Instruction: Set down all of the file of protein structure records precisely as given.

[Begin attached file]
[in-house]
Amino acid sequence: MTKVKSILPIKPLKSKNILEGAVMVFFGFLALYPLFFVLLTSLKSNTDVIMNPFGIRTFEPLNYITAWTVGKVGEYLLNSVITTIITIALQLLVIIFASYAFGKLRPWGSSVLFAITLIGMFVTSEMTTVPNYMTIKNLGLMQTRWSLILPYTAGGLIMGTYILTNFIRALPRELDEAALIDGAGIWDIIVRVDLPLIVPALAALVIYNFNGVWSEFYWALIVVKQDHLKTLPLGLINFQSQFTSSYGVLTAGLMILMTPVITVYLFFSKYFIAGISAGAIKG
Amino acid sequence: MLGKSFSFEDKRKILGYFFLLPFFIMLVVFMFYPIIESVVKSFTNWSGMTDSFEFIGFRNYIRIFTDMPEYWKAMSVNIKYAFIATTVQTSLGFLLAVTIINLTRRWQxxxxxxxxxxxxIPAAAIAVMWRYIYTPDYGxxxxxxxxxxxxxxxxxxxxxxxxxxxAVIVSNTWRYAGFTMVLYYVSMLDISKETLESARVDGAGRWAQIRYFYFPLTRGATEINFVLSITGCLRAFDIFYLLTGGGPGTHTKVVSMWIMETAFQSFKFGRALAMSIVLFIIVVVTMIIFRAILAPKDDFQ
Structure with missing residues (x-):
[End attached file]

[in-house]
Amino acid sequence: MTKVKSILPIKPLKSKNILEGAVMVFFGFLALYPLFFVLLTSLKSNTDVIMNPFGIRTFEPLNYITAWTVGKVGEYLLNSVITTIITIALQLLVIIFASYAFGKLRPWGSSVLFAITLIGMFVTSEMTTVPNYMTIKNLGLMQTRWSLILPYTAGGLIMGTYILTNFIRALPRELDEAALIDGAGIWDIIVRVDLPLIVPALAALVIYNFNGVWSEFYWALIVVKQDHLKTLPLGLINFQSQFTSSYGVLTAGLMILMTPVITVYLFFSKYFIAGISAGAIKG
Amino acid sequence: MLGKSFSFEDKRKILGYFFLLPFFIMLVVFMFYPIIESVVKSFTNWSGMTDSFEFIGFRNYIRIFTDMPEYWKAMSVNIKYAFIATTVQTSLGFLLAVTIINLTRRWQxxxxxxxxxxxxIPAAAIAVMWRYIYTPDYGxxxxxxxxxxxxxxxxxxxxxxxxxxxAVIVSNTWRYAGFTMVLYYVSMLDISKETLESARVDGAGRWAQIRYFYFPLTRGATEINFVLSITGCLRAFDIFYLLTGGGPGTHTKVVSMWIMETAFQSFKFGRALAMSIVLFIIVVVTMIIFRAILAPKDDFQ
Structure with missing residues (x-):